French-speaking Isle de Jean Charles, Louisiana, has abandoned dwellings are everywhere due to storms, erosion, and rising sea-levels.

Storms and rising sea levels threaten to wipe out French language in Louisiana’s bayou country

Rising sea levels, erosion and storms in Louisiana's bayou country have flooded entire communities. For some French speakers, Hurricane Ida was the last straw — and many are now moving away.

The World

French-speaking Isle de Jean Charles, Louisiana, has abandoned dwellings are everywhere due to storms, erosion, and rising sea-levels. 

Courtesy of Julia Kumari Drapkin

Hurricane Ida killed dozens of Lousianans and displaced tens of thousands of others. Among the hardest hit were bilingual and French-speaking communities close to the Mississippi Delta. 

Alces Adams lives halfway between New Orleans and the Gulf of Mexico in the small community of Cut Off in Lafourche Parish. Hurricane Ida destroyed his trailer.

People in this part of Louisiana — bayou country — have long learned to live under adverse weather conditions. But things have gotten much worse in recent years. Rising sea levels, erosion and storm after storm have flooded entire communities. For some French speakers, Hurricane Ida was the last straw, and now many are moving away.

A year after Ida, Adams' trailer looks just as it did the day after the storm — twisted and torn apart with furniture spilling out, as if attacked by a pack of wild animals. Next to it is a new trailer, Adams’ temporary home provided by FEMA, the Federal Emergency Management Agency.

Alces Adams in front of what is left of his trailer, Cut Off, Louisiana.

Alces Adams in front of what is left of his trailer, Cut Off, Louisiana. 

Credit:

Courtesy of Julia Kumari Drapkin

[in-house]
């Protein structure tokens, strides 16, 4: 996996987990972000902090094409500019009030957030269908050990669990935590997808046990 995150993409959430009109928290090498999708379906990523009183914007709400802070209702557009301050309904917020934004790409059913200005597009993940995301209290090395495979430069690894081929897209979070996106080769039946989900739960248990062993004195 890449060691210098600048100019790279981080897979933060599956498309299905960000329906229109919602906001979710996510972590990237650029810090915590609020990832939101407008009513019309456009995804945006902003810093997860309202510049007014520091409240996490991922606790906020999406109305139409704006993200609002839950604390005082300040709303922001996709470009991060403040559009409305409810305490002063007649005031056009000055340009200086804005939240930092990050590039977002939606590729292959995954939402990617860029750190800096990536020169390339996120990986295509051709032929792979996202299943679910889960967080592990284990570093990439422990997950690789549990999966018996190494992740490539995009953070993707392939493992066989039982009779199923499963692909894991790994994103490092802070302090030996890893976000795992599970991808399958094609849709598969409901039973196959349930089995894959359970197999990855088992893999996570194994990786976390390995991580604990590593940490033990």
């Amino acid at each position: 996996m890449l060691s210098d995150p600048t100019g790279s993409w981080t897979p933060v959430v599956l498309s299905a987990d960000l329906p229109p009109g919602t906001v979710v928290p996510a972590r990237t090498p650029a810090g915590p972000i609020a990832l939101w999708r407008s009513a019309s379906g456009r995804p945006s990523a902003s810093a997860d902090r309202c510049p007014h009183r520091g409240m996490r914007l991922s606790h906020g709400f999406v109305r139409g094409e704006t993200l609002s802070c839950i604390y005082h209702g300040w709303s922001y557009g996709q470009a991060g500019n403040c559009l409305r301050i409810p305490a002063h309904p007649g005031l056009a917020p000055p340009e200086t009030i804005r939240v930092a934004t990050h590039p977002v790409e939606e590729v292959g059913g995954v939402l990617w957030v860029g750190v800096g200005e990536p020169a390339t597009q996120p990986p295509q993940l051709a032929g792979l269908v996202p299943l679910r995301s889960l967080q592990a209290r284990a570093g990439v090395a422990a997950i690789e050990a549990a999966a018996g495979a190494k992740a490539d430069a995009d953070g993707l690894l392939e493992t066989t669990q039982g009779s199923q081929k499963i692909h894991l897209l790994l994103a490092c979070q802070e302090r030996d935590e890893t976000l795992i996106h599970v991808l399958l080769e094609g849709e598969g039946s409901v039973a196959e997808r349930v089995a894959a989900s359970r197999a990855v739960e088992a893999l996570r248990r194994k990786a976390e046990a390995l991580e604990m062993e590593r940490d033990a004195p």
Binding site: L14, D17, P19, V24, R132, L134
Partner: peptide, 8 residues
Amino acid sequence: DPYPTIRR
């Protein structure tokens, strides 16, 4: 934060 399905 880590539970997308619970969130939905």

Adams was born a block away in his grandparents’ house. His family’s older generation spoke only French. Adams said his grandmother learned English, but refused to speak it, except for one word: “Yeah.” 

“English was forced on us about 100 years ago,” Adams said. That’s when English was declared the only language of instruction in public schools.

Adams recalled listening to his older relatives as they told him stories in French. Even then, he said, he considered the language beautiful. “I loved listening to that.”

Adams’ grandmother and others told him stories of storms and floods they had survived. It helped prepare him — still a child — when Hurricane Betsy battered the region in 1965.

“I was thinking of getting a sash or vest or something: ‘I survived Betsy, Katrina, Ida,’" Adams said. “All the monsters that I survived."

Adams doesn’t know what’s next for him. He comes from a long line of Cajuns who he said were compelled to move from one place to another, to escape poverty or discrimination, or hurricanes and flooding. 

The French language has been a constant in all of this generational change. Adams knows that each time a French speaker moves away, it’s another micro-blow to the survival of French in southern Louisiana.

Tulane University linguist Nathalie Dajko and Alces Adams in a storage unit containing Alces’ possessions, Cut Off, Louisiana.

Tulane University linguist Nathalie Dajko and Alces Adams in a storage unit containing Alces’ possessions, Cut Off, Louisiana.

Credit:

Courtesy of Julia Kumari Drapkin

Tulane University linguist Nathalie Dajko has been tracking the decline of French in Lafourche and neighboring Terrebonne Parishes for nearly 20 years. She was in graduate school at Tulane when Hurricane Katrina hit in 2005. It left hundreds of thousands of people homeless. Some even ended up in camps that were scattered across several southern states. Dajko visited a few of the camps as part of a gig she had with Save the Children, a nongovernmental organization.

“Every now and again, we'd come across these French speakers,” Dajko said.

“They would be so excited to meet somebody who spoke French, and they would talk about how they missed the French.”